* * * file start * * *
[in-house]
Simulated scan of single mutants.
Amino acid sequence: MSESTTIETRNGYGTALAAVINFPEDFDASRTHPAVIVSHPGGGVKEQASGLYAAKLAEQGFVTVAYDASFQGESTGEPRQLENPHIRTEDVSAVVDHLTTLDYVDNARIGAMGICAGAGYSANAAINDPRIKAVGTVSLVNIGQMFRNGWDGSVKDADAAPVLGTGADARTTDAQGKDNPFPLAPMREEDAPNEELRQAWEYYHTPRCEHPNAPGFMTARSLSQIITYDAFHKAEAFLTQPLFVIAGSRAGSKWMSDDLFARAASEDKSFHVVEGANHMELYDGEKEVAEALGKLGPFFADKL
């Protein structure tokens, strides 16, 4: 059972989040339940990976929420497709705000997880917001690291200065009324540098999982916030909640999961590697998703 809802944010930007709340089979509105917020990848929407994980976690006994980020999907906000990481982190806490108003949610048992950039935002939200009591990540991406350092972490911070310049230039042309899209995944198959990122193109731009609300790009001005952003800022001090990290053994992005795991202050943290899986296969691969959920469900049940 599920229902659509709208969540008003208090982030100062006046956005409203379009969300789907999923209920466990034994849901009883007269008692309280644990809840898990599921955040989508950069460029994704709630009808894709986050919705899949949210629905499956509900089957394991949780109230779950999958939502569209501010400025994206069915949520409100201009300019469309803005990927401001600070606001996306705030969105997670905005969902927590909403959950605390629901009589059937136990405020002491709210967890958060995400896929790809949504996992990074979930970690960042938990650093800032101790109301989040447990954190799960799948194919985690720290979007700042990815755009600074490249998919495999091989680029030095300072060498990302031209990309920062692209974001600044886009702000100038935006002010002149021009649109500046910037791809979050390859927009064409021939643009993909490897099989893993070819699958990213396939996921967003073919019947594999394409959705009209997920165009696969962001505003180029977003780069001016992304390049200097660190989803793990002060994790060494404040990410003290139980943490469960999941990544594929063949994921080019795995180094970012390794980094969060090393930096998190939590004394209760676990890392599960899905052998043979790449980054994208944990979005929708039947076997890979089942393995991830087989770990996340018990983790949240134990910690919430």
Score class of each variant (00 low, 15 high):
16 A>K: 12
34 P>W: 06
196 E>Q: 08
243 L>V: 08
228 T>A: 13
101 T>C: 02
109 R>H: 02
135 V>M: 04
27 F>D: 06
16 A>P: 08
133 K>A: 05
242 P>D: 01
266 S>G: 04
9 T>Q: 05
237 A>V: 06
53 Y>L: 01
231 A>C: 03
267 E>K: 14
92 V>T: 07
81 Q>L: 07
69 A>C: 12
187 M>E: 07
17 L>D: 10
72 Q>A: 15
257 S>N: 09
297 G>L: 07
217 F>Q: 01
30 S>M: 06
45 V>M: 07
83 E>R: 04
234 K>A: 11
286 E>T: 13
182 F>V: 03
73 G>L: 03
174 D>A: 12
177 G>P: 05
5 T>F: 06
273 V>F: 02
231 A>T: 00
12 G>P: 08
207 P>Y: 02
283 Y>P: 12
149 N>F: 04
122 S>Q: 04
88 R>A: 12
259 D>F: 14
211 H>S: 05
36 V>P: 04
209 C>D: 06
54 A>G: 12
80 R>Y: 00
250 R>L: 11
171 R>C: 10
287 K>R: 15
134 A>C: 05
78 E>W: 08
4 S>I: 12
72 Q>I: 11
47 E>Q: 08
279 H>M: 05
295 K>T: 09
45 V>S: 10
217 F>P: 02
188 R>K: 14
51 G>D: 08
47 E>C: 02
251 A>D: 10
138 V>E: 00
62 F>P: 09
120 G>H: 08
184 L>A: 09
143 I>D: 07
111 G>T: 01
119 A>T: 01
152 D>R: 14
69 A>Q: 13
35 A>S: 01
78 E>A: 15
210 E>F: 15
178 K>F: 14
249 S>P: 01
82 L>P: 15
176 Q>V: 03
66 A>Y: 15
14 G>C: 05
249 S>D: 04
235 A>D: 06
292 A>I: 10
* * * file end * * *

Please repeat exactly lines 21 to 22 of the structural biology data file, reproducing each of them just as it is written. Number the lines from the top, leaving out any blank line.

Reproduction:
53 Y>L: 01
231 A>C: 03